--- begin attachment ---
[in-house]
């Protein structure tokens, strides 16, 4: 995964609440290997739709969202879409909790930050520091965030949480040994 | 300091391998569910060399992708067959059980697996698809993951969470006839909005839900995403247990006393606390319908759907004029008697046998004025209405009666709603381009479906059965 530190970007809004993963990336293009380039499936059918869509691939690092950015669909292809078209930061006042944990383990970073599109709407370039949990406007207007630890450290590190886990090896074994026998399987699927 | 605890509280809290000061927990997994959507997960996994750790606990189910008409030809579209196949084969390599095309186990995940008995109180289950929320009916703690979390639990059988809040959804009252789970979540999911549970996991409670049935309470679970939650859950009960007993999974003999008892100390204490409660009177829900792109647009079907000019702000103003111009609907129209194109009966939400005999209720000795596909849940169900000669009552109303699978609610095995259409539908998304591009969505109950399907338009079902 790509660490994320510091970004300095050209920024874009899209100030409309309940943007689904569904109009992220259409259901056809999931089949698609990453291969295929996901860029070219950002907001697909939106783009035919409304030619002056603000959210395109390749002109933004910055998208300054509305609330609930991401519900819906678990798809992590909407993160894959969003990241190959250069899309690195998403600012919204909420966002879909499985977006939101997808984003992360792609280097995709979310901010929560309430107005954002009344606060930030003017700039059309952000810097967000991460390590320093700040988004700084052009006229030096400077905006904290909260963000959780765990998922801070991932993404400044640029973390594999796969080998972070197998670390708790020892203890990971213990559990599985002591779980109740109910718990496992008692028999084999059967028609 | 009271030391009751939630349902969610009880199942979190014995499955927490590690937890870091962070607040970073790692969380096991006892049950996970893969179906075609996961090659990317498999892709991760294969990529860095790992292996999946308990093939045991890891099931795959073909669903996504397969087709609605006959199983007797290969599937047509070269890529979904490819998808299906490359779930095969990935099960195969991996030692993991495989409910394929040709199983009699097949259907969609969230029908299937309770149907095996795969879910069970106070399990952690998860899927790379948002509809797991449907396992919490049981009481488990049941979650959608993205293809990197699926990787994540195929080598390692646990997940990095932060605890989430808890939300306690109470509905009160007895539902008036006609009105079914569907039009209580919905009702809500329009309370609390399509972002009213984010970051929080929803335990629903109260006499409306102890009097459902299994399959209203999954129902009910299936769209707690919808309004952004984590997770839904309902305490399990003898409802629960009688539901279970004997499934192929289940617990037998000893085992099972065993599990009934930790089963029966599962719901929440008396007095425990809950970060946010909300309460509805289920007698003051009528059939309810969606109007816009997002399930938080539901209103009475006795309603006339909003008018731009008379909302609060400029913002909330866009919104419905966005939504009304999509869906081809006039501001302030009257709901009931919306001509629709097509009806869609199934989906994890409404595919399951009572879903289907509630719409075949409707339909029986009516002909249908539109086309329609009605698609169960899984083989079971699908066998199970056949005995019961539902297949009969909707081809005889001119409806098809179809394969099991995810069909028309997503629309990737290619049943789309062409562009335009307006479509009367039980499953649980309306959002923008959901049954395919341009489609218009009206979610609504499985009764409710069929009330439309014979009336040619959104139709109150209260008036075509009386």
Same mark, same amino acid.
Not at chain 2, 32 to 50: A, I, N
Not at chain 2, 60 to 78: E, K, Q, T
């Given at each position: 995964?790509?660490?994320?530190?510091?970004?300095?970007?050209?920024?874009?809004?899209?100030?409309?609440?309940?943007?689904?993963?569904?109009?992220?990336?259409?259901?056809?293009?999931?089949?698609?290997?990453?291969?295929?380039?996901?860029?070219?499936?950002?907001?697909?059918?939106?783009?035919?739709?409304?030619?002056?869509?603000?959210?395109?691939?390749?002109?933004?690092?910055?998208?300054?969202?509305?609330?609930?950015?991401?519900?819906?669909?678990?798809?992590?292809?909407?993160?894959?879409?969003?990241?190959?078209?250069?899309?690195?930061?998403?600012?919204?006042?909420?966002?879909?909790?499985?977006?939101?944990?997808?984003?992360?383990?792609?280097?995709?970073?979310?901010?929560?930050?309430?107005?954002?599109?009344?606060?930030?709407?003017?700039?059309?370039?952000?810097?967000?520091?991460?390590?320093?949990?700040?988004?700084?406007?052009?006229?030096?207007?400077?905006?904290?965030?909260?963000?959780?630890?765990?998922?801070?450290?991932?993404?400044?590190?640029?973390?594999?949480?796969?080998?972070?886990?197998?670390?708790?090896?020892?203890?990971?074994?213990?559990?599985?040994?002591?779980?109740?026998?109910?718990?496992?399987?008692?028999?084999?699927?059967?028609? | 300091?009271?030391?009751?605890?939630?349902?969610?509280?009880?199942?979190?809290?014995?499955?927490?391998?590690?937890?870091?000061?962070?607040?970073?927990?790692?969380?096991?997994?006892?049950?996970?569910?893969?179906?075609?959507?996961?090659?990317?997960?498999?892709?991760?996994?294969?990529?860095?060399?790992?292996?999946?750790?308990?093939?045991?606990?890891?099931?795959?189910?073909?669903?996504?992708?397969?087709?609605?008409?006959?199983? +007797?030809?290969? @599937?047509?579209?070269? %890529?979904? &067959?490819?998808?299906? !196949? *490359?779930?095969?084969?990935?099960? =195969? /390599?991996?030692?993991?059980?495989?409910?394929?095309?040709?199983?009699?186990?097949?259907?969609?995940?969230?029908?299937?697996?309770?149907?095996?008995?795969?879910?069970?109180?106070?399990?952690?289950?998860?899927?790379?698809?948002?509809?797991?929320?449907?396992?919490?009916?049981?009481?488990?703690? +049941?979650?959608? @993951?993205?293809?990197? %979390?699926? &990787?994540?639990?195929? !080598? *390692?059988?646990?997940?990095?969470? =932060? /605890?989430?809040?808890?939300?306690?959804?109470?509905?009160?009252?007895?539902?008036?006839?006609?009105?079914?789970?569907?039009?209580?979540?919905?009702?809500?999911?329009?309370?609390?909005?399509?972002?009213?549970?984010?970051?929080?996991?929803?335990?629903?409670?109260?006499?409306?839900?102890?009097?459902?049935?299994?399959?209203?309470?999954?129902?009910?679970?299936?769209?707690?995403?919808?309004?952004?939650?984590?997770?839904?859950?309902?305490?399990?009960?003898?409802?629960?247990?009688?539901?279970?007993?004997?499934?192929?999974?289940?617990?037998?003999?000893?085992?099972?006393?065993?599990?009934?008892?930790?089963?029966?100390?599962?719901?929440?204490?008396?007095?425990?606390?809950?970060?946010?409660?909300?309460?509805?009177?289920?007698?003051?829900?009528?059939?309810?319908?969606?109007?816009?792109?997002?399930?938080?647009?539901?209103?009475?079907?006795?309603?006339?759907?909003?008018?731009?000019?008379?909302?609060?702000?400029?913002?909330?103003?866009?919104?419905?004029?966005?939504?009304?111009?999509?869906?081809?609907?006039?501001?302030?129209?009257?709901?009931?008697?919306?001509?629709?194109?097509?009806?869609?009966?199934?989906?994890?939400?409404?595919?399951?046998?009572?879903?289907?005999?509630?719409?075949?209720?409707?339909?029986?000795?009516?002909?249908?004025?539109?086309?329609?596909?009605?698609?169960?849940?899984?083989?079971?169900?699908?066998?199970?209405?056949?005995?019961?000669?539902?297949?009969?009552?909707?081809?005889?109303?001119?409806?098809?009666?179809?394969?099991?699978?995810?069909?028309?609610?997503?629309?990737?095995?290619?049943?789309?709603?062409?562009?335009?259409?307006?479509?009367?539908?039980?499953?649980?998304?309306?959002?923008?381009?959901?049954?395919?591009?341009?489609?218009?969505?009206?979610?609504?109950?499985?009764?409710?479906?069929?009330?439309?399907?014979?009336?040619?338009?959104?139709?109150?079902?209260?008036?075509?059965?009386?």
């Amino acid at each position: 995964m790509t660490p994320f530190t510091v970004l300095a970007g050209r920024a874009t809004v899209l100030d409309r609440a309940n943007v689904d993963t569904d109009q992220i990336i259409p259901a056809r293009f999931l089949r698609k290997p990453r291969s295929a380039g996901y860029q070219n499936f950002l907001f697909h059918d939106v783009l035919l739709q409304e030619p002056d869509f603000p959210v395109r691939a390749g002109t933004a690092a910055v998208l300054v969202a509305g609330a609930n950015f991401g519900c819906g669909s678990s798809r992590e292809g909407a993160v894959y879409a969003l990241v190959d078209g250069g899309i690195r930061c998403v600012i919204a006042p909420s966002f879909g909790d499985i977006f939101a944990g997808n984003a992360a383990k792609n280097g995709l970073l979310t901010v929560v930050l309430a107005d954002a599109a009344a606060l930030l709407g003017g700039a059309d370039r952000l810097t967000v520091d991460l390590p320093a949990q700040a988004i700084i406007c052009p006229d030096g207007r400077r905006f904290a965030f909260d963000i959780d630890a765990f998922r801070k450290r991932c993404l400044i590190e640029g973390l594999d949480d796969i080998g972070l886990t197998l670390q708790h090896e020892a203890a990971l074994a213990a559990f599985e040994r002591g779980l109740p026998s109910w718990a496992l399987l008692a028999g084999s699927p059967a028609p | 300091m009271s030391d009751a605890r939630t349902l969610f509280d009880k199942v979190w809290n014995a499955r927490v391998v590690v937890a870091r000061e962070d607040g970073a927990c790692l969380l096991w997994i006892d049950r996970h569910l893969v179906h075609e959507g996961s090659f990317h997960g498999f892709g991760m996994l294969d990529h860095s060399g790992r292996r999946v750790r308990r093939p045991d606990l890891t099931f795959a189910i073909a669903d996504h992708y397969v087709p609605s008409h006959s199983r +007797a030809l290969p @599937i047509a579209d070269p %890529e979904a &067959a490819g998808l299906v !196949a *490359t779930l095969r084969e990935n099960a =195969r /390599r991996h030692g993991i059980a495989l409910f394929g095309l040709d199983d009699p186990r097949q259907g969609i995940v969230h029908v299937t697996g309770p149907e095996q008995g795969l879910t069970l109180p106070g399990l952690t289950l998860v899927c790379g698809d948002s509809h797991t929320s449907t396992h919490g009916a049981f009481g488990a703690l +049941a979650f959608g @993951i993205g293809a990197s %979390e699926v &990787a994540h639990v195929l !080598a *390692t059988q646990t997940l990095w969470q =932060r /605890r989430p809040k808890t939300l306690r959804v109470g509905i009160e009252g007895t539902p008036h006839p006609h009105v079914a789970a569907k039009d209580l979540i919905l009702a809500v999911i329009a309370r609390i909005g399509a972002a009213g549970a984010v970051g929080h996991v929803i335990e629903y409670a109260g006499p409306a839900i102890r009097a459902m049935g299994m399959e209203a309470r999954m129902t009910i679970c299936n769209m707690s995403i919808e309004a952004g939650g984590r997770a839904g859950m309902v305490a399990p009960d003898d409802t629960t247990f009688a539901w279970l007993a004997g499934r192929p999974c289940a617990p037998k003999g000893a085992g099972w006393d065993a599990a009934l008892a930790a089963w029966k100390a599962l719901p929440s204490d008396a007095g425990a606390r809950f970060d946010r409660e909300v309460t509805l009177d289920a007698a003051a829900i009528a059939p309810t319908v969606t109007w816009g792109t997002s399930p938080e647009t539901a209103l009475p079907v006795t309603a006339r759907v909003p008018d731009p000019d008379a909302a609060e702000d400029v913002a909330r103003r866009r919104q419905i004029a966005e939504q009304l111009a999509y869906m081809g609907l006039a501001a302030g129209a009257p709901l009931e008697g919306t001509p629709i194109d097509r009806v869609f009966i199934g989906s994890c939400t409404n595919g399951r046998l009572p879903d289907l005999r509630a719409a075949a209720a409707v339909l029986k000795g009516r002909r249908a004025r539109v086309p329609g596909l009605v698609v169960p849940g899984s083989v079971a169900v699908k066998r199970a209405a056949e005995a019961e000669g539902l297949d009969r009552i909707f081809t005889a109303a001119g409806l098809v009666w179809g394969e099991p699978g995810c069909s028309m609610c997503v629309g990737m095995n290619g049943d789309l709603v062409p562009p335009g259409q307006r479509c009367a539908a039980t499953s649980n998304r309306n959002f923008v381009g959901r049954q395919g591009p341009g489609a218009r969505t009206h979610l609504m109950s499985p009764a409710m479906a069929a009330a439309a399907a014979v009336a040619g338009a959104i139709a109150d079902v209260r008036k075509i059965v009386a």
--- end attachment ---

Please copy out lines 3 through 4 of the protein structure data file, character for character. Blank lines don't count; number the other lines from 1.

Same mark, same amino acid.
Not at chain 2, 32 to 50: A, I, N